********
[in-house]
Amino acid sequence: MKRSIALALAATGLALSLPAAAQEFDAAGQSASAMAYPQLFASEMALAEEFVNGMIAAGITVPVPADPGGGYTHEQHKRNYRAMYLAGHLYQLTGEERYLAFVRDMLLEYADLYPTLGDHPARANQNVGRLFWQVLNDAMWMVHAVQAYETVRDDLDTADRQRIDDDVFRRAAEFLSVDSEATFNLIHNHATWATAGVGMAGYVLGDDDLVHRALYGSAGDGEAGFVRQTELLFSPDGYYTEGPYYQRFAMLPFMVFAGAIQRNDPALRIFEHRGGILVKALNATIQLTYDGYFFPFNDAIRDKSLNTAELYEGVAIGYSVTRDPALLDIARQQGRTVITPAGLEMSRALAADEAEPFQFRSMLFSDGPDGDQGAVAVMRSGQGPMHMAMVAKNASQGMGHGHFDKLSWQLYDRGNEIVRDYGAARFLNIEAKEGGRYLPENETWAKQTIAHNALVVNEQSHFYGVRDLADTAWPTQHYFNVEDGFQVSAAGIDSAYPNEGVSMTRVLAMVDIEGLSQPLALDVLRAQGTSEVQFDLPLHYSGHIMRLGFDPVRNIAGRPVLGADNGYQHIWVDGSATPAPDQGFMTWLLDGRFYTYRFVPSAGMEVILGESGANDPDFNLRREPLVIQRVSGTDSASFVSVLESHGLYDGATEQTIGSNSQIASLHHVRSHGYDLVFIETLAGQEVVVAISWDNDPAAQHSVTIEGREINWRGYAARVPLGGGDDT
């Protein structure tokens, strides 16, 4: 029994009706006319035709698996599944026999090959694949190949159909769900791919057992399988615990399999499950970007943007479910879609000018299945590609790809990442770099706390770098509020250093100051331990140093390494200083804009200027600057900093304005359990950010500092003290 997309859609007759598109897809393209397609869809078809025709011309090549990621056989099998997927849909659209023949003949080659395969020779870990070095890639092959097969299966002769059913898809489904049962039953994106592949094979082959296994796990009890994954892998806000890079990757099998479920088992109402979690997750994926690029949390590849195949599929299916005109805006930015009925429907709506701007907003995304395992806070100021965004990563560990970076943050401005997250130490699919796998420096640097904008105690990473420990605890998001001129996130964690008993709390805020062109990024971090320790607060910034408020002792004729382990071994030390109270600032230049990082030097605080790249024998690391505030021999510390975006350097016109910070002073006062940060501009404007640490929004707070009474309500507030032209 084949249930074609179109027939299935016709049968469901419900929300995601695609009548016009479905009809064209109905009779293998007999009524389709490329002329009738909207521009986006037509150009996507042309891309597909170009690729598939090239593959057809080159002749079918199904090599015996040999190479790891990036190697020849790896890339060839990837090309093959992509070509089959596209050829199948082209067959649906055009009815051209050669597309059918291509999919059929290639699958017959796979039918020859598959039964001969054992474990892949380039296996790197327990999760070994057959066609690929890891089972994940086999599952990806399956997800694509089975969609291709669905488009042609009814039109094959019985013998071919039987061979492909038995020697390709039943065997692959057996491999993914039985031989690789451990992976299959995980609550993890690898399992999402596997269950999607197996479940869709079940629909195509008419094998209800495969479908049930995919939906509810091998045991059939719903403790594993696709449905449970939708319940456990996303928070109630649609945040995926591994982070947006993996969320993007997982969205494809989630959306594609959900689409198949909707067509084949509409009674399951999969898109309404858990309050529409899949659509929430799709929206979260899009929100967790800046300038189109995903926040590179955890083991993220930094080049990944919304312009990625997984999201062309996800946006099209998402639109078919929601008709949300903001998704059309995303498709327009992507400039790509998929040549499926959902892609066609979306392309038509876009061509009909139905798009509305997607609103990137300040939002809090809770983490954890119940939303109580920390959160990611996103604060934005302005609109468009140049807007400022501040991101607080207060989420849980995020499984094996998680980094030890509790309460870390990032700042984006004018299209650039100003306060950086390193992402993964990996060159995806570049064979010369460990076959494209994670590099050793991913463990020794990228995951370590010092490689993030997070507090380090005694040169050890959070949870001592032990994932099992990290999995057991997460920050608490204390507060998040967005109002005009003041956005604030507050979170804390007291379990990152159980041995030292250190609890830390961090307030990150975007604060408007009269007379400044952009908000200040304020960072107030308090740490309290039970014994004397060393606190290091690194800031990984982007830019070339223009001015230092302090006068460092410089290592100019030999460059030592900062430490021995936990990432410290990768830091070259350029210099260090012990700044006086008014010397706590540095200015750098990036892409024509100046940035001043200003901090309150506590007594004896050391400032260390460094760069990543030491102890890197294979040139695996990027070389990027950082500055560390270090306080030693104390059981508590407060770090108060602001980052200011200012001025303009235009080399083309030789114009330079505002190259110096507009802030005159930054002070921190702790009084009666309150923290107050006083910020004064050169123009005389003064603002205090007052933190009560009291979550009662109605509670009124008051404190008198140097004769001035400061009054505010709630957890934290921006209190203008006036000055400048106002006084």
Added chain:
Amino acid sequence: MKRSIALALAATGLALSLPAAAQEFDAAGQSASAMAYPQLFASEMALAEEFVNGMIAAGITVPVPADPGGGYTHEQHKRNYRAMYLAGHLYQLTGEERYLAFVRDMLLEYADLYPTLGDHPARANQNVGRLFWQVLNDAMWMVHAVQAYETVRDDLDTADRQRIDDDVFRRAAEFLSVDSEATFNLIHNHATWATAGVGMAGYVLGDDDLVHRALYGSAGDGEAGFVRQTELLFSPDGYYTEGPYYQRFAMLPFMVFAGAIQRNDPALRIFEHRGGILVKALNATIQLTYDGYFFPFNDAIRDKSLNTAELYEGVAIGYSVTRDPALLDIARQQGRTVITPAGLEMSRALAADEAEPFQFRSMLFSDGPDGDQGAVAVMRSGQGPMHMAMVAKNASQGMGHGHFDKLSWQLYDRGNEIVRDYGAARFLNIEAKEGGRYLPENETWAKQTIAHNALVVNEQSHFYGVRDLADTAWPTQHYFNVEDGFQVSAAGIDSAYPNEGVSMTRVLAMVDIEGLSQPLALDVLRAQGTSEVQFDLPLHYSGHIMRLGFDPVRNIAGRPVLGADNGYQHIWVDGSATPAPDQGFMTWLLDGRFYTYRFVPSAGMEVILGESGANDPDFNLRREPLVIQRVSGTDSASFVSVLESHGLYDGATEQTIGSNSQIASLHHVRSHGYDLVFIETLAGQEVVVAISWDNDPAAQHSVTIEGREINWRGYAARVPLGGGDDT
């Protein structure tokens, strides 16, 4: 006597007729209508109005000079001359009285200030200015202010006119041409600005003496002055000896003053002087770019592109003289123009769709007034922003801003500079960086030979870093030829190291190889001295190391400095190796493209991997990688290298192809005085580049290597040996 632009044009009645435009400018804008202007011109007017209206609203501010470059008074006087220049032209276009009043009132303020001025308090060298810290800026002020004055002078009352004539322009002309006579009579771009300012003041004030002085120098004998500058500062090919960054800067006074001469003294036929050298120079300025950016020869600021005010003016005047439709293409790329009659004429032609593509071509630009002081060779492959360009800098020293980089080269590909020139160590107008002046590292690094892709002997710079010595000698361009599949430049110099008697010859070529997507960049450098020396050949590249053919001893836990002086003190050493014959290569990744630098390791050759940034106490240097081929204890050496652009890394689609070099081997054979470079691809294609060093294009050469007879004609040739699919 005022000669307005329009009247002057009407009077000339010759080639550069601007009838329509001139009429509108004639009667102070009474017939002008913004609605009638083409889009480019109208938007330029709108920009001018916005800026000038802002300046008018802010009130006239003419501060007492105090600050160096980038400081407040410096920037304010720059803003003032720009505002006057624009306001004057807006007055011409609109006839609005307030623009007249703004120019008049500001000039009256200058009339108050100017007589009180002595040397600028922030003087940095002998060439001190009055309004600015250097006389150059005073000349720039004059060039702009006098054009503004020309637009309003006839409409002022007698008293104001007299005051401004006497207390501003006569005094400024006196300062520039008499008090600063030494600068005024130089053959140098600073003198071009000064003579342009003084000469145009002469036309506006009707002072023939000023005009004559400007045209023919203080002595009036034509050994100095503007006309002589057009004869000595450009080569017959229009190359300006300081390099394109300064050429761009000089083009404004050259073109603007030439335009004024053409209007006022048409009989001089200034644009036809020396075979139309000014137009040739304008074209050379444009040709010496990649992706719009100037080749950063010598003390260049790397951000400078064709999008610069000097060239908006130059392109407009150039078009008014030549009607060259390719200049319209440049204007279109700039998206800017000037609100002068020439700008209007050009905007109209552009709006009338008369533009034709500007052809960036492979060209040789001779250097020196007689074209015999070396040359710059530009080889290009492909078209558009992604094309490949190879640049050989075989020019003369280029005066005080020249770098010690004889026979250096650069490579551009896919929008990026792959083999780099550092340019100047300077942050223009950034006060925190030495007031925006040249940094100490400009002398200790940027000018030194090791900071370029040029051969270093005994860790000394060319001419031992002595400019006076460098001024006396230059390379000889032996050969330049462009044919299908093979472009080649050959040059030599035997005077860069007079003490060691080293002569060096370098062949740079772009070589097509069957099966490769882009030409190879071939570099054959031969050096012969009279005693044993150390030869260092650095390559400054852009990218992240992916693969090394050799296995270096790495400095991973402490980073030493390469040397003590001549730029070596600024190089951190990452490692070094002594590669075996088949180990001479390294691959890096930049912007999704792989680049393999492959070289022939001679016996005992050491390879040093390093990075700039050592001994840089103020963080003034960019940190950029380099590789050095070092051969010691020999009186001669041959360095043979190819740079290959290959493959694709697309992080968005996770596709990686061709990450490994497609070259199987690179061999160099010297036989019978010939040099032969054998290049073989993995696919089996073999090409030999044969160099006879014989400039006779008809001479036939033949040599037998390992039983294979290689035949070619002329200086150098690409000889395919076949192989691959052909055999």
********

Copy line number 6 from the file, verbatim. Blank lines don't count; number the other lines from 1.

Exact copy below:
């Protein structure tokens, strides 16, 4: 006597007729209508109005000079001359009285200030200015202010006119041409600005003496002055000896003053002087770019592109003289123009769709007034922003801003500079960086030979870093030829190291190889001295190391400095190796493209991997990688290298192809005085580049290597040996 632009044009009645435009400018804008202007011109007017209206609203501010470059008074006087220049032209276009009043009132303020001025308090060298810290800026002020004055002078009352004539322009002309006579009579771009300012003041004030002085120098004998500058500062090919960054800067006074001469003294036929050298120079300025950016020869600021005010003016005047439709293409790329009659004429032609593509071509630009002081060779492959360009800098020293980089080269590909020139160590107008002046590292690094892709002997710079010595000698361009599949430049110099008697010859070529997507960049450098020396050949590249053919001893836990002086003190050493014959290569990744630098390791050759940034106490240097081929204890050496652009890394689609070099081997054979470079691809294609060093294009050469007879004609040739699919 005022000669307005329009009247002057009407009077000339010759080639550069601007009838329509001139009429509108004639009667102070009474017939002008913004609605009638083409889009480019109208938007330029709108920009001018916005800026000038802002300046008018802010009130006239003419501060007492105090600050160096980038400081407040410096920037304010720059803003003032720009505002006057624009306001004057807006007055011409609109006839609005307030623009007249703004120019008049500001000039009256200058009339108050100017007589009180002595040397600028922030003087940095002998060439001190009055309004600015250097006389150059005073000349720039004059060039702009006098054009503004020309637009309003006839409409002022007698008293104001007299005051401004006497207390501003006569005094400024006196300062520039008499008090600063030494600068005024130089053959140098600073003198071009000064003579342009003084000469145009002469036309506006009707002072023939000023005009004559400007045209023919203080002595009036034509050994100095503007006309002589057009004869000595450009080569017959229009190359300006300081390099394109300064050429761009000089083009404004050259073109603007030439335009004024053409209007006022048409009989001089200034644009036809020396075979139309000014137009040739304008074209050379444009040709010496990649992706719009100037080749950063010598003390260049790397951000400078064709999008610069000097060239908006130059392109407009150039078009008014030549009607060259390719200049319209440049204007279109700039998206800017000037609100002068020439700008209007050009905007109209552009709006009338008369533009034709500007052809960036492979060209040789001779250097020196007689074209015999070396040359710059530009080889290009492909078209558009992604094309490949190879640049050989075989020019003369280029005066005080020249770098010690004889026979250096650069490579551009896919929008990026792959083999780099550092340019100047300077942050223009950034006060925190030495007031925006040249940094100490400009002398200790940027000018030194090791900071370029040029051969270093005994860790000394060319001419031992002595400019006076460098001024006396230059390379000889032996050969330049462009044919299908093979472009080649050959040059030599035997005077860069007079003490060691080293002569060096370098062949740079772009070589097509069957099966490769882009030409190879071939570099054959031969050096012969009279005693044993150390030869260092650095390559400054852009990218992240992916693969090394050799296995270096790495400095991973402490980073030493390469040397003590001549730029070596600024190089951190990452490692070094002594590669075996088949180990001479390294691959890096930049912007999704792989680049393999492959070289022939001679016996005992050491390879040093390093990075700039050592001994840089103020963080003034960019940190950029380099590789050095070092051969010691020999009186001669041959360095043979190819740079290959290959493959694709697309992080968005996770596709990686061709990450490994497609070259199987690179061999160099010297036989019978010939040099032969054998290049073989993995696919089996073999090409030999044969160099006879014989400039006779008809001479036939033949040599037998390992039983294979290689035949070619002329200086150098690409000889395919076949192989691959052909055999």